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Funding Update: Jun 4, 2010

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Recent NSF Awards in Proteomics and Protein Research

Title: Genetic Basis of a Unique Avian Reproductive Proteome
Principal Investigator: Richard Harrison, Findley Ransler
Sponsor: Cornell University
Start/End Date: June 1, 2010 – May 31, 2012
Amount Awarded to Date: $14,994

The proposed study will compare the proteomes of reproductive foams produced by male Japanese quail and a variety of related species in order to examine the genes underlying this unique trait and their evolution. According to the abstract, characterization of the foam genes and proteins will "increase our knowledge of the fertilization biology of quail," "provide insight into improving sperm function in other poultry species," and "inform us about the causes of infertility."


Title: Novel System for Targeting Nanobodies
Principal Investigator: Alexey Zdanovsky
Sponsor: Alpha Universe
Start/End Date: July 1, 2010 – Dec. 31, 2010
Amount Awarded to Date: $149,997

Funds a project aimed at developing a novel system of generating variable domains of heavy chain-only llama antibodies – also known as nanobodies. Instead of conventional methods, which require time-intensive llama vaccinations, the proposed system will use "universal pre-fabricated libraries for fast isolation of nanobodies with required specificities," which, according to the abstract, could "allow fast and inexpensive development of nanobodies produced in E. coli and specifically targeted to antigens of choice."


Title: Automatic, User-Programmable Variable Volume Mixing for General-Purpose Programmable Lab-on-a-Chip
Principal Investigator: Ahmed Amin
Sponsor: Microfluidic Innovations
Start/End Date: July 1, 2010 – Dec. 31, 2010
Amount Awarded to Date: $145,358

Funds a project pursuing hardware and software developments to address the challenge of variable volume fluid mixing in general-purpose programmable lab-on-a-chip devices, which is fundamental to running multiple assays with arbitrary mix ratios on such devices. The faster experimentation and assay development allowed by GPLoCs could "have significant scientific impact in the fields of proteomics, genomics, immunology, drug discovery, and biochemistry," according to the grant abstract.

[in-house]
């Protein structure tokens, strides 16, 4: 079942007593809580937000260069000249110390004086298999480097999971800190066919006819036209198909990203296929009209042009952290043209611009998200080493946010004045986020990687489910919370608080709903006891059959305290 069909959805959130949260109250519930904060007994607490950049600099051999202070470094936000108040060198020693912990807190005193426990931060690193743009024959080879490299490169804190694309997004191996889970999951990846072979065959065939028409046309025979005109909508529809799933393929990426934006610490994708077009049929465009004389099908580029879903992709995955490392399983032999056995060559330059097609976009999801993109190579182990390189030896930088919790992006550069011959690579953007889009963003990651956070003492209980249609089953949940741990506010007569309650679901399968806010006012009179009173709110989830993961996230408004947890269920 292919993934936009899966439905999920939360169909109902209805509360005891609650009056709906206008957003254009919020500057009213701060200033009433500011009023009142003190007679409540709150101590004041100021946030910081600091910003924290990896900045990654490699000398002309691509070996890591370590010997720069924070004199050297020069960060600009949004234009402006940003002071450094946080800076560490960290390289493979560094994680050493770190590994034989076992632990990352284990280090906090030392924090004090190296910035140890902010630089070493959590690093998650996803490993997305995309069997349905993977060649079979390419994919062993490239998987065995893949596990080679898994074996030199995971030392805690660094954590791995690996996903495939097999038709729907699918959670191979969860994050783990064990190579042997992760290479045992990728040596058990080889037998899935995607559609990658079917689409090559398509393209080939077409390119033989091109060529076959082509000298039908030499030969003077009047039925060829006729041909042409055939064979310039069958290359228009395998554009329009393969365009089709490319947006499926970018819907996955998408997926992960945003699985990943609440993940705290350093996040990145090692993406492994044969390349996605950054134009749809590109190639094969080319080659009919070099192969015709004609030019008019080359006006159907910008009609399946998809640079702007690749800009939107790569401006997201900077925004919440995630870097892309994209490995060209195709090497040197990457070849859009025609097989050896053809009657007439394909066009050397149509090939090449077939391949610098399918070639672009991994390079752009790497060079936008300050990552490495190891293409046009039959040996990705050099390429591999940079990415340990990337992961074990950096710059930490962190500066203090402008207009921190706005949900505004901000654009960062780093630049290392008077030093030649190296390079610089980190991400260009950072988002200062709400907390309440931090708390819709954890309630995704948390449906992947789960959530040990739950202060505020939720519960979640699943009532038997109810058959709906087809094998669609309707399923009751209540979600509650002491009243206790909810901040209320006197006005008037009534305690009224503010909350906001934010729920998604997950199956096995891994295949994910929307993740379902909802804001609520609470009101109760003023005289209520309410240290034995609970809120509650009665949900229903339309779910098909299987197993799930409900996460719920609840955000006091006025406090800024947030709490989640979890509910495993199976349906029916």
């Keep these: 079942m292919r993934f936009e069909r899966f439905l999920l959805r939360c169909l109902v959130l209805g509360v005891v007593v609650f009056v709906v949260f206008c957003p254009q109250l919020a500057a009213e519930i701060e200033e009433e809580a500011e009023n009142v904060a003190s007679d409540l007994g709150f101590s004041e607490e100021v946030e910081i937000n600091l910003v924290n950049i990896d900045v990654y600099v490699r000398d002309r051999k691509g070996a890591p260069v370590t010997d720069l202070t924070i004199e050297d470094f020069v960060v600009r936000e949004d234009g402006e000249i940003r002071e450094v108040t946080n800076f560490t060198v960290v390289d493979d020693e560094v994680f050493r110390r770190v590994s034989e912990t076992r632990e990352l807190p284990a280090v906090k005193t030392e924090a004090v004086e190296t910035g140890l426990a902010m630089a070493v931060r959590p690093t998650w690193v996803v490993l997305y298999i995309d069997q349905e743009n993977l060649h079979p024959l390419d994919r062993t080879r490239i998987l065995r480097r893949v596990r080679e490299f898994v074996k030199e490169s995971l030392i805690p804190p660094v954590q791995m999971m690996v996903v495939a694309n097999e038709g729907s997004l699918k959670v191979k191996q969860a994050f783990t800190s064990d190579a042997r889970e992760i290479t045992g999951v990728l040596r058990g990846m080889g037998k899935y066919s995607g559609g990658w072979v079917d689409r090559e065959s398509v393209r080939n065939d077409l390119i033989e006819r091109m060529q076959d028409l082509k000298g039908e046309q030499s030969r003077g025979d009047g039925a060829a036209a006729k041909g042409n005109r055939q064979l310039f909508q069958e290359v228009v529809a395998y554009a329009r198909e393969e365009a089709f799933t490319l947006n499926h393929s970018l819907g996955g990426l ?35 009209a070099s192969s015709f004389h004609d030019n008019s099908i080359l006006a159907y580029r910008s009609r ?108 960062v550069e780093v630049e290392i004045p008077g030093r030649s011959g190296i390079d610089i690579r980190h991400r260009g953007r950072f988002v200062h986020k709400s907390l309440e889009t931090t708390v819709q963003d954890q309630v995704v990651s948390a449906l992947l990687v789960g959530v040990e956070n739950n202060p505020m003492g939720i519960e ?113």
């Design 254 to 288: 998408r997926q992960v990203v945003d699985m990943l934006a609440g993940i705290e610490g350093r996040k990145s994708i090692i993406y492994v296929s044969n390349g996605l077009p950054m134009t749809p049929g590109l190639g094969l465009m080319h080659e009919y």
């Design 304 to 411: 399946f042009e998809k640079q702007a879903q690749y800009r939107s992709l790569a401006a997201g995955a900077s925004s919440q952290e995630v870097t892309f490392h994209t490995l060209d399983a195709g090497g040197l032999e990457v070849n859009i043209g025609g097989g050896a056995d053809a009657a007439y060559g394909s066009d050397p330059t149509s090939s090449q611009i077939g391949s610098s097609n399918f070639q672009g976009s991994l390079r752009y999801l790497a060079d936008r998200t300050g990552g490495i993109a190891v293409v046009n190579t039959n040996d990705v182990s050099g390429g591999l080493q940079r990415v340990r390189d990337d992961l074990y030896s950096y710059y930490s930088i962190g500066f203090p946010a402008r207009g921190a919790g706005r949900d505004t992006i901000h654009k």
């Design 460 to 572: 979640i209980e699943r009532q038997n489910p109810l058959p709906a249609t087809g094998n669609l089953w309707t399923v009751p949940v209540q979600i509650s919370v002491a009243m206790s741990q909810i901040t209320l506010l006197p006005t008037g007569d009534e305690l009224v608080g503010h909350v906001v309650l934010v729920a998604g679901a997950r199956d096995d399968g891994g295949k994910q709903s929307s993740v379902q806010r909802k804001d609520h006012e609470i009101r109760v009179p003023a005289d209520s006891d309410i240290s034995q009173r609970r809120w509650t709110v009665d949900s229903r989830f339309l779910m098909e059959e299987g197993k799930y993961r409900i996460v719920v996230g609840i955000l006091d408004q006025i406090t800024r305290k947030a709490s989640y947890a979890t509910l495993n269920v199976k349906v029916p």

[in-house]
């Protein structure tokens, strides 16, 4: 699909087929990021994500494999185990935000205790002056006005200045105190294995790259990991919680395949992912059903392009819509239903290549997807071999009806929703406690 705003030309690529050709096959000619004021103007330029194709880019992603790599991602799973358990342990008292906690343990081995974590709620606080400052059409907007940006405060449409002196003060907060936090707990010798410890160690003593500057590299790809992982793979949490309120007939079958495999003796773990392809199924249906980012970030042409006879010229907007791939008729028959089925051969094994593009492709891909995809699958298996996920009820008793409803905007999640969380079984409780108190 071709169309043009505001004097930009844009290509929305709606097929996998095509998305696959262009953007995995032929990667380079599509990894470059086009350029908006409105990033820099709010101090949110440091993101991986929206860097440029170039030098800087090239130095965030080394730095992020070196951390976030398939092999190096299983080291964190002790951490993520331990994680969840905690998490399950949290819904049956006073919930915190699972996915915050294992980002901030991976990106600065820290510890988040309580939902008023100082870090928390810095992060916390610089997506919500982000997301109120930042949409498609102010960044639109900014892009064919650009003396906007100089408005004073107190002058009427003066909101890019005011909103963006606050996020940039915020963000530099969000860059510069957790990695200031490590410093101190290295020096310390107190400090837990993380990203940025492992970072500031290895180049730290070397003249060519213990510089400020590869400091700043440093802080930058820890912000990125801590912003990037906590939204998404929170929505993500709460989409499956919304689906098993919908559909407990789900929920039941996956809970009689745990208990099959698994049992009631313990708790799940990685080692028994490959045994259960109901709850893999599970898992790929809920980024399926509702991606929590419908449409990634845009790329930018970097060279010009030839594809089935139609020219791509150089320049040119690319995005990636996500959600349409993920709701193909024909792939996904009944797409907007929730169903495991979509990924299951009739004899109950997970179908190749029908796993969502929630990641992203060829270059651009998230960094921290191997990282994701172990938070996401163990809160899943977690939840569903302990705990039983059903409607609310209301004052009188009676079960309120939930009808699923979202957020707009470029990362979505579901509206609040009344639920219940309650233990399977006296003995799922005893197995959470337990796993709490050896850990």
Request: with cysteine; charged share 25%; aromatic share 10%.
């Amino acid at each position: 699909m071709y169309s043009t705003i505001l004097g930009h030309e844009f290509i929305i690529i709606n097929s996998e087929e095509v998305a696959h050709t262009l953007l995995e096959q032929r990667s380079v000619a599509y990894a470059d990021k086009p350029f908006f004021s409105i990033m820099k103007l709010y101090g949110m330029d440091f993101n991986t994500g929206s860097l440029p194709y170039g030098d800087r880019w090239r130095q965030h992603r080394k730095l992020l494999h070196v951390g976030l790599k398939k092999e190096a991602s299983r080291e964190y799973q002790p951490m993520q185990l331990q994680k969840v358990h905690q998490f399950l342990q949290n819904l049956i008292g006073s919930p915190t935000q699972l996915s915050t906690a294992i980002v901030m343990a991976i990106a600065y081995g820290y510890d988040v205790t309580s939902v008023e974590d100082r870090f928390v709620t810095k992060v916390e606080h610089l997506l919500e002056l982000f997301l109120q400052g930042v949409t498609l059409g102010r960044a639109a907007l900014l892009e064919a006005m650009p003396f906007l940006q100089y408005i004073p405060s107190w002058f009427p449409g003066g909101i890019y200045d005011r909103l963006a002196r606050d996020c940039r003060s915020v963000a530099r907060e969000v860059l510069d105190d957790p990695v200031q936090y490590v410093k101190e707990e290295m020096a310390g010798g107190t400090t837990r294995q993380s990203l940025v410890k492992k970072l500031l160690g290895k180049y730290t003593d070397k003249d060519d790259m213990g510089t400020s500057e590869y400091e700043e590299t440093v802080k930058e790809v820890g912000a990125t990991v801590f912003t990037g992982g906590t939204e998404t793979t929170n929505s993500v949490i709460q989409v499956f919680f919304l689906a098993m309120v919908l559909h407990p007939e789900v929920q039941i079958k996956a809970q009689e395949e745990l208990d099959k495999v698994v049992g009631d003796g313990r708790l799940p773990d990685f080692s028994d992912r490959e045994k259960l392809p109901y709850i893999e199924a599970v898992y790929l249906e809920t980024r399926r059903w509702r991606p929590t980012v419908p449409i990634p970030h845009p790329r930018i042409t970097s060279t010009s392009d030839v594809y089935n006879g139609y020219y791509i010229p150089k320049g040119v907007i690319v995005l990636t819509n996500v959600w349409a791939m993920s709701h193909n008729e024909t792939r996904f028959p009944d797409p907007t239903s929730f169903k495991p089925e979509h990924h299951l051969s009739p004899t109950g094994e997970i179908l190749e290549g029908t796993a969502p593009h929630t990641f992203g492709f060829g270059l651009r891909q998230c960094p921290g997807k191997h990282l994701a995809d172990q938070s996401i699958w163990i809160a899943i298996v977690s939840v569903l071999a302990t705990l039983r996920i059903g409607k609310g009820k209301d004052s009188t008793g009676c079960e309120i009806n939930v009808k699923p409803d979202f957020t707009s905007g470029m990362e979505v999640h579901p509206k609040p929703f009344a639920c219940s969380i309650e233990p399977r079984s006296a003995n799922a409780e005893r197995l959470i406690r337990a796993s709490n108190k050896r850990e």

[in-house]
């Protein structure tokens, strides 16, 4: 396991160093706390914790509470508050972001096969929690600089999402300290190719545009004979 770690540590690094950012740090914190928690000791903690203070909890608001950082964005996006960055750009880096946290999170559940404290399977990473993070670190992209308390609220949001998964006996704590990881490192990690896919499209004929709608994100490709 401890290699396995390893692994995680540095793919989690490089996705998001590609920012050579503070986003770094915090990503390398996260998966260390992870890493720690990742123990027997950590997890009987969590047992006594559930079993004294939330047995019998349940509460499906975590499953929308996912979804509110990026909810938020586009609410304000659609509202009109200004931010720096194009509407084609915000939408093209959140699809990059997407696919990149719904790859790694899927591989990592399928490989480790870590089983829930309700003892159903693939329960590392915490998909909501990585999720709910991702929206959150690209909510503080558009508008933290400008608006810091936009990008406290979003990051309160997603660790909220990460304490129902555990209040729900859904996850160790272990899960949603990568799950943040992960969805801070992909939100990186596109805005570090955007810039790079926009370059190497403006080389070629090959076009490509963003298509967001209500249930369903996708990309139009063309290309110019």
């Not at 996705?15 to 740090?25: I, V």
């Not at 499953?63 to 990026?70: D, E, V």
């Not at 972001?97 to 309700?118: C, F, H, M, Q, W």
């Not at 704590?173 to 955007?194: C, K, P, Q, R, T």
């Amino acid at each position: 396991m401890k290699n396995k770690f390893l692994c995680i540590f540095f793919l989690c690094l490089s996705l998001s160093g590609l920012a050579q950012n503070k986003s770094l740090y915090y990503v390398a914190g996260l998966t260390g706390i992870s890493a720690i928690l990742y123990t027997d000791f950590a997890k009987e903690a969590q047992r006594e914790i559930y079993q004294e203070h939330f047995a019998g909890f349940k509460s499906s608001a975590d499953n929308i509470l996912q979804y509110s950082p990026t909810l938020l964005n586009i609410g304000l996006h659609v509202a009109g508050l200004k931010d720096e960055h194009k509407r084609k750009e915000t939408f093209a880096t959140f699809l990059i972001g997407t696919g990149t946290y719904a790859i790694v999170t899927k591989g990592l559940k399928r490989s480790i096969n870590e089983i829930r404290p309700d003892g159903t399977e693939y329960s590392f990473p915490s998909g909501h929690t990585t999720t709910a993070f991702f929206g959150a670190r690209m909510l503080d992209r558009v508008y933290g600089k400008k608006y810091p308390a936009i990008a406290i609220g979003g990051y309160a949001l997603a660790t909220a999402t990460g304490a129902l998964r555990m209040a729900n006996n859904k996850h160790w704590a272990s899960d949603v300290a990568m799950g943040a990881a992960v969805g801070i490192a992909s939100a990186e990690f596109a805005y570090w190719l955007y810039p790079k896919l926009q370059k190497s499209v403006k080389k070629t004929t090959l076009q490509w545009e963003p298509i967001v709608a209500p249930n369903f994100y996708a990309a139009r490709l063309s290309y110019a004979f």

Title: Extracellular secretion of affinity-tagged proteins in E. coli and their non-chromatographic purification using intein-mediated removal
Principal Investigator: Ruizhen Chen
Sponsor: Georgia Tech Research Corporation - Georgia Institute of Technology
Start/End Date: May 15, 2010 – April 30, 2013
Amount Awarded to Date: $150,000

The grant is being used to develop a system for the extracellular secretion of affinity-tagged proteins and their non-chromatographic purification using genetically engineered capturing scaffolds. According to the abstract, the proposed platform "is expected to simplify and lower the cost of protein production and can be easily adaptable for any affinity tagged protein of interest."

The Scan

Fertility Fraud Found

Consumer genetic testing has uncovered cases of fertility fraud that are leading to lawsuits, according to USA Today.

Ties Between Vigorous Exercise, ALS in Genetically At-Risk People

Regular strenuous exercise could contribute to motor neuron disease development among those already at genetic risk, Sky News reports.

Test Warning

The Guardian writes that the US regulators have warned against using a rapid COVID-19 test that is a key part of mass testing in the UK.

Science Papers Examine Feedback Mechanism Affecting Xist, Continuous Health Monitoring for Precision Medicine

In Science this week: analysis of cis confinement of the X-inactive specific transcript, and more.